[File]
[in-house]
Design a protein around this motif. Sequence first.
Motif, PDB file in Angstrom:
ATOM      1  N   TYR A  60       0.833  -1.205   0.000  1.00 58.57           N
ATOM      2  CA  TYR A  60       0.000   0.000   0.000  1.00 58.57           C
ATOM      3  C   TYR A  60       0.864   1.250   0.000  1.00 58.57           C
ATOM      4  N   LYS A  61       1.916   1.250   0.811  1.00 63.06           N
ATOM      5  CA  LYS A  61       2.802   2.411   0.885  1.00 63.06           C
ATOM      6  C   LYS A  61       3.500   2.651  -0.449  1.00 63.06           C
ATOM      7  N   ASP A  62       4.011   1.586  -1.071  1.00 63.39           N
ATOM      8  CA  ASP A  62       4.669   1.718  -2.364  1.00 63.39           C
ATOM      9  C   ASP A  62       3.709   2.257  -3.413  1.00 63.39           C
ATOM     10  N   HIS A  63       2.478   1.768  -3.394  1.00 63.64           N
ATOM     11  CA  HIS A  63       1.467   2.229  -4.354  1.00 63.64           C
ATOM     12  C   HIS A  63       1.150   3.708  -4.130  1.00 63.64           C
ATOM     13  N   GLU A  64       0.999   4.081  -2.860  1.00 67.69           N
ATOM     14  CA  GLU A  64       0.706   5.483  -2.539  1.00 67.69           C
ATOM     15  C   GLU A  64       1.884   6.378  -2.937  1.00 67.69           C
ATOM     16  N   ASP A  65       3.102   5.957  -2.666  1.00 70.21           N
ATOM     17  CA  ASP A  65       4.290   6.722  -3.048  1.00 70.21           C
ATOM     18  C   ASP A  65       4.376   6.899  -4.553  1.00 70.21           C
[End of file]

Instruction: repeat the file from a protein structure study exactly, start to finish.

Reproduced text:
[in-house]
Design a protein around this motif. Sequence first.
Motif, PDB file in Angstrom:
ATOM      1  N   TYR A  60       0.833  -1.205   0.000  1.00 58.57           N
ATOM      2  CA  TYR A  60       0.000   0.000   0.000  1.00 58.57           C
ATOM      3  C   TYR A  60       0.864   1.250   0.000  1.00 58.57           C
ATOM      4  N   LYS A  61       1.916   1.250   0.811  1.00 63.06           N
ATOM      5  CA  LYS A  61       2.802   2.411   0.885  1.00 63.06           C
ATOM      6  C   LYS A  61       3.500   2.651  -0.449  1.00 63.06           C
ATOM      7  N   ASP A  62       4.011   1.586  -1.071  1.00 63.39           N
ATOM      8  CA  ASP A  62       4.669   1.718  -2.364  1.00 63.39           C
ATOM      9  C   ASP A  62       3.709   2.257  -3.413  1.00 63.39           C
ATOM     10  N   HIS A  63       2.478   1.768  -3.394  1.00 63.64           N
ATOM     11  CA  HIS A  63       1.467   2.229  -4.354  1.00 63.64           C
ATOM     12  C   HIS A  63       1.150   3.708  -4.130  1.00 63.64           C
ATOM     13  N   GLU A  64       0.999   4.081  -2.860  1.00 67.69           N
ATOM     14  CA  GLU A  64       0.706   5.483  -2.539  1.00 67.69           C
ATOM     15  C   GLU A  64       1.884   6.378  -2.937  1.00 67.69           C
ATOM     16  N   ASP A  65       3.102   5.957  -2.666  1.00 70.21           N
ATOM     17  CA  ASP A  65       4.290   6.722  -3.048  1.00 70.21           C
ATOM     18  C   ASP A  65       4.376   6.899  -4.553  1.00 70.21           C